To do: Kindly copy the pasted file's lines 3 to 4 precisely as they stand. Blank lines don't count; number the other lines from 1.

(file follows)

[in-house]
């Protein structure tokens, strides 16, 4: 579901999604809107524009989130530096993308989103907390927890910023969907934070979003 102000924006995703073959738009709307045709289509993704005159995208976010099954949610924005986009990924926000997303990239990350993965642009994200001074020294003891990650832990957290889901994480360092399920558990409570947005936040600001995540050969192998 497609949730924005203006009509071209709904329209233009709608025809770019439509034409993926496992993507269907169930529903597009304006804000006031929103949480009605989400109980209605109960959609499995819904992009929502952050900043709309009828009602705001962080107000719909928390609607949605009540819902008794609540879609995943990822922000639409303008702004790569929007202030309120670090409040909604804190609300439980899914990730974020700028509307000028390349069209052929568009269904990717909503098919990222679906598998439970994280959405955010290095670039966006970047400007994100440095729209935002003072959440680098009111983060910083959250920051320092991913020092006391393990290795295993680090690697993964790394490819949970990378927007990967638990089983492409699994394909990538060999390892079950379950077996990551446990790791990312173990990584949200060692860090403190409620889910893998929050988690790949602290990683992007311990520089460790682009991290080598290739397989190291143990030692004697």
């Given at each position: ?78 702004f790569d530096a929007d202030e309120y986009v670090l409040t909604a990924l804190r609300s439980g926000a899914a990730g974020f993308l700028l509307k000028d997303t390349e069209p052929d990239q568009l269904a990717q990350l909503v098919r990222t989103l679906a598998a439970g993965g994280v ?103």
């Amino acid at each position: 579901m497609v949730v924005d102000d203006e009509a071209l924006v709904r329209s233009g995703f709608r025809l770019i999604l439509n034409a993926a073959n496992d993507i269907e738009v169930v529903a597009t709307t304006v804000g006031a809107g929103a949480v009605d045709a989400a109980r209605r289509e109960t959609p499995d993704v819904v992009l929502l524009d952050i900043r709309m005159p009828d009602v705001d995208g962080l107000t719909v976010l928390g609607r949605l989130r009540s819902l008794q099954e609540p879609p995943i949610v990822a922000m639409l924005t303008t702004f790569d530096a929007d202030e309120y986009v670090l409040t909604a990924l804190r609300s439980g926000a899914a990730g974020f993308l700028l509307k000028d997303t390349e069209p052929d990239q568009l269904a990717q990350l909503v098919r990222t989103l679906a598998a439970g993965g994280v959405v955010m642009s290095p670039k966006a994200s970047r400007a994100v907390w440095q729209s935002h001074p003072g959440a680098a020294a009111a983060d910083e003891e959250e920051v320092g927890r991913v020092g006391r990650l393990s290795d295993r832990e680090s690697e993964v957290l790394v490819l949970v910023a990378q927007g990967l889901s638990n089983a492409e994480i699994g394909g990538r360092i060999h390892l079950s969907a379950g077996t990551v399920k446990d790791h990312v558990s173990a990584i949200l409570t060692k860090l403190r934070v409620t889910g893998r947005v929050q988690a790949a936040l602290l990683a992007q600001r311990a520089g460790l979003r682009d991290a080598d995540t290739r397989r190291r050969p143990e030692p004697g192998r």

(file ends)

């Given at each position: ?78 702004f790569d530096a929007d202030e309120y986009v670090l409040t909604a990924l804190r609300s439980g926000a899914a990730g974020f993308l700028l509307k000028d997303t390349e069209p052929d990239q568009l269904a990717q990350l909503v098919r990222t989103l679906a598998a439970g993965g994280v ?103």
């Amino acid at each position: 579901m497609v949730v924005d102000d203006e009509a071209l924006v709904r329209s233009g995703f709608r025809l770019i999604l439509n034409a993926a073959n496992d993507i269907e738009v169930v529903a597009t709307t304006v804000g006031a809107g929103a949480v009605d045709a989400a109980r209605r289509e109960t959609p499995d993704v819904v992009l929502l524009d952050i900043r709309m005159p009828d009602v705001d995208g962080l107000t719909v976010l928390g609607r949605l989130r009540s819902l008794q099954e609540p879609p995943i949610v990822a922000m639409l924005t303008t702004f790569d530096a929007d202030e309120y986009v670090l409040t909604a990924l804190r609300s439980g926000a899914a990730g974020f993308l700028l509307k000028d997303t390349e069209p052929d990239q568009l269904a990717q990350l909503v098919r990222t989103l679906a598998a439970g993965g994280v959405v955010m642009s290095p670039k966006a994200s970047r400007a994100v907390w440095q729209s935002h001074p003072g959440a680098a020294a009111a983060d910083e003891e959250e920051v320092g927890r991913v020092g006391r990650l393990s290795d295993r832990e680090s690697e993964v957290l790394v490819l949970v910023a990378q927007g990967l889901s638990n089983a492409e994480i699994g394909g990538r360092i060999h390892l079950s969907a379950g077996t990551v399920k446990d790791h990312v558990s173990a990584i949200l409570t060692k860090l403190r934070v409620t889910g893998r947005v929050q988690a790949a936040l602290l990683a992007q600001r311990a520089g460790l979003r682009d991290a080598d995540t290739r397989r190291r050969p143990e030692p004697g192998r």